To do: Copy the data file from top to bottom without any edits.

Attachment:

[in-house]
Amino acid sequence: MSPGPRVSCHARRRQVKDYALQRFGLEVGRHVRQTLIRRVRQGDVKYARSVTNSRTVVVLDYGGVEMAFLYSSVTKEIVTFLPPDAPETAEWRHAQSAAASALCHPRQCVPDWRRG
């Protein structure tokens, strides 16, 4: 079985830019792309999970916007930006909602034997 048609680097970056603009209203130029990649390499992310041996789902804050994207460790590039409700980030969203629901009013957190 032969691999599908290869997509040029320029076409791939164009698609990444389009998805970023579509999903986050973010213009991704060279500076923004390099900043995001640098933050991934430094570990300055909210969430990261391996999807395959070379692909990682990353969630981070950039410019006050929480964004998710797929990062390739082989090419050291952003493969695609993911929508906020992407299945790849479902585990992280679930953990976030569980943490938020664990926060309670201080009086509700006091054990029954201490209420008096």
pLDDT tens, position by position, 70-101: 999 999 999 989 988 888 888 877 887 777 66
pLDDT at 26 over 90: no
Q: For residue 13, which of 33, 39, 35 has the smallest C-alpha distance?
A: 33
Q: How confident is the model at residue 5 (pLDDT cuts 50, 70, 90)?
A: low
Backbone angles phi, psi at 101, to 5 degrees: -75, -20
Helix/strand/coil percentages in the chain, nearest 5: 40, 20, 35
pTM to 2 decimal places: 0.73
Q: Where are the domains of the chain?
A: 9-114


[in-house]
Amino acid sequence: MSPGPRVSCHARRRQVKDYALQRFGLEVGRHVRQTLIRRVRQGDVKYARSVTNSRTVVVLDYGGVEMAFLYSSVTKEIVTFLPPDAPETAEWRHAQSAAASALCHPRQCVPDWRRG
């Protein structure tokens, strides 16, 4: 079985830019792309999970916007930006909602034997 048609680097970056603009209203130029990649390499992310041996789902804050994207460790590039409700980030969203629901009013957190 032969691999599908290869997509040029320029076409791939164009698609990444389009998805970023579509999903986050973010213009991704060279500076923004390099900043995001640098933050991934430094570990300055909210969430990261391996999807395959070379692909990682990353969630981070950039410019006050929480964004998710797929990062390739082989090419050291952003493969695609993911929508906020992407299945790849479902585990992280679930953990976030569980943490938020664990926060309670201080009086509700006091054990029954201490209420008096």
pLDDT tens, position by position, 70-101: 999 999 999 989 988 888 888 877 887 777 66
pLDDT at 26 over 90: no
Q: For residue 13, which of 33, 39, 35 has the smallest C-alpha distance?
A: 33
Q: How confident is the model at residue 5 (pLDDT cuts 50, 70, 90)?
A: low
Backbone angles phi, psi at 101, to 5 degrees: -75, -20
Helix/strand/coil percentages in the chain, nearest 5: 40, 20, 35
pTM to 2 decimal places: 0.73
Q: Where are the domains of the chain?
A: 9-114